The purpose of this paper is to extend current discussion on the drivers of innovative work behaviour (IWB) of individuals by connecting theories of flow (personal factor), employee silence (relational) and time pressure (contextual).
Data have been collected from employees of five companies based in Italy (n=608).
Silence is negatively related to IWB, whereas flow has the opposite association. Perceived time pressure moderates the relationship between employee silence and IWB. Furthermore, the findings indicate that the highest levels of IWB will take place when the flow level is high, individuals are absorbed in and enjoy their work, and the level of employee silence is low, enabling them to exchange ideas and obtain the necessary support and resources. At the same time, low levels of time pressure provide them with sufficient time for innovative processes to take place, ideas to be shared, and individuals to become engrossed in their innovations.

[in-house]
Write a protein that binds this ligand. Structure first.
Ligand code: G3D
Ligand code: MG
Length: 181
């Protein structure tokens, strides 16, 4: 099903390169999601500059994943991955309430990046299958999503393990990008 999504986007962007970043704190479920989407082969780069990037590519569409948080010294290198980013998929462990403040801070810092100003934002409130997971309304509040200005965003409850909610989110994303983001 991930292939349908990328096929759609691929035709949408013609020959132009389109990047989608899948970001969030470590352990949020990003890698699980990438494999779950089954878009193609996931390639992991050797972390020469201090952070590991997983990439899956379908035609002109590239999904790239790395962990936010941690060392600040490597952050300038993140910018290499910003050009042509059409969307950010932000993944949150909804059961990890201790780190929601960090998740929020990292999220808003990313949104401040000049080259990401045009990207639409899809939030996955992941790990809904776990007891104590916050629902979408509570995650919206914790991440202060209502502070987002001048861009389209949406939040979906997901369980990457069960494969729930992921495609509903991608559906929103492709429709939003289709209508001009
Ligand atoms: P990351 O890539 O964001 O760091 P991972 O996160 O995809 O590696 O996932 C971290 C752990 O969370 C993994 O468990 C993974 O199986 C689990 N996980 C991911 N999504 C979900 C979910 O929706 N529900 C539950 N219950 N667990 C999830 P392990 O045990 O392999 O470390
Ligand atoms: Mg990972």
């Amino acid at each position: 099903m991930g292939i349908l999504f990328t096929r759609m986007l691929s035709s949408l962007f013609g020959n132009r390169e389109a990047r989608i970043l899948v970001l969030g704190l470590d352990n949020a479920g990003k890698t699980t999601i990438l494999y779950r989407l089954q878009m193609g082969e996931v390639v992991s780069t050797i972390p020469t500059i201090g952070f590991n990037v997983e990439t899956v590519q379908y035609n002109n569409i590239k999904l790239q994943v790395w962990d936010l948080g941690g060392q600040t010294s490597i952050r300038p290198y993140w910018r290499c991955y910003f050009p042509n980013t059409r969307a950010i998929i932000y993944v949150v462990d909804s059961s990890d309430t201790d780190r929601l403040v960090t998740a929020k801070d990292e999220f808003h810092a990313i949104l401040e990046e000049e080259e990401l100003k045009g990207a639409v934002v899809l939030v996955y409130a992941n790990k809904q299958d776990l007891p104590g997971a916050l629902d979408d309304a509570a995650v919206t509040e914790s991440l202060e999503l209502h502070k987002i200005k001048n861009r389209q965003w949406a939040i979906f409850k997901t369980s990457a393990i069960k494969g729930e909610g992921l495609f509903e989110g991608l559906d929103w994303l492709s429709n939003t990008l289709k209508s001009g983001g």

Cross-sectional single-source data set.
Establishing a work context favourable for stimulating each employee’s active contribution towards IWB based on a complex interaction among flow, silence and time pressure.
Building on the theories of flow and the relational model of employee silence and combining their logic, the research not only delves into the two specific paths to IWB but also examines their multiple effects. Furthermore, the authors pin both factors (silence and flow) under the contextual influence of perceived time pressure, investigating how they simultaneously relate to IWB.
Maqbool, S., Černe, M. and Bortoluzzi, G. (2019), "Micro-foundations of innovation: Employee silence, perceived time pressure, flow and innovative work behaviour", European Journal of Innovation Management, Vol. 22 No. 1, pp. 125-145. https://doi.org/10.1108/EJIM-01-2018-0013
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